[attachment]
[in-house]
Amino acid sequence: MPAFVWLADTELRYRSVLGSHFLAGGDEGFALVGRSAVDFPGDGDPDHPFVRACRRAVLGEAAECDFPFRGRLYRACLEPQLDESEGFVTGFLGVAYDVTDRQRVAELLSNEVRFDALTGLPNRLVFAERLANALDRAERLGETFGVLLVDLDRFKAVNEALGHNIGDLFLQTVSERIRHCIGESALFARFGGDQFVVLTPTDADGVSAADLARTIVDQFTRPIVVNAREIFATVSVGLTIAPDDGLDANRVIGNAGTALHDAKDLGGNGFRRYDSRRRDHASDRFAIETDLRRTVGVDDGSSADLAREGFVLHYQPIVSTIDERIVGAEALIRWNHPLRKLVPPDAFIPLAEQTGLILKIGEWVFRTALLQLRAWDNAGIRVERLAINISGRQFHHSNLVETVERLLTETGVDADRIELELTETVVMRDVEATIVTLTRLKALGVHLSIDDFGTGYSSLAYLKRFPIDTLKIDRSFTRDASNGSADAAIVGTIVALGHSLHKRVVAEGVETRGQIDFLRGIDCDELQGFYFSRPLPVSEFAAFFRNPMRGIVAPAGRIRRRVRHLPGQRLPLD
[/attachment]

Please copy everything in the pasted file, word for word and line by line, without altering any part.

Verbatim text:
[in-house]
Amino acid sequence: MPAFVWLADTELRYRSVLGSHFLAGGDEGFALVGRSAVDFPGDGDPDHPFVRACRRAVLGEAAECDFPFRGRLYRACLEPQLDESEGFVTGFLGVAYDVTDRQRVAELLSNEVRFDALTGLPNRLVFAERLANALDRAERLGETFGVLLVDLDRFKAVNEALGHNIGDLFLQTVSERIRHCIGESALFARFGGDQFVVLTPTDADGVSAADLARTIVDQFTRPIVVNAREIFATVSVGLTIAPDDGLDANRVIGNAGTALHDAKDLGGNGFRRYDSRRRDHASDRFAIETDLRRTVGVDDGSSADLAREGFVLHYQPIVSTIDERIVGAEALIRWNHPLRKLVPPDAFIPLAEQTGLILKIGEWVFRTALLQLRAWDNAGIRVERLAINISGRQFHHSNLVETVERLLTETGVDADRIELELTETVVMRDVEATIVTLTRLKALGVHLSIDDFGTGYSSLAYLKRFPIDTLKIDRSFTRDASNGSADAAIVGTIVALGHSLHKRVVAEGVETRGQIDFLRGIDCDELQGFYFSRPLPVSEFAAFFRNPMRGIVAPAGRIRRRVRHLPGQRLPLD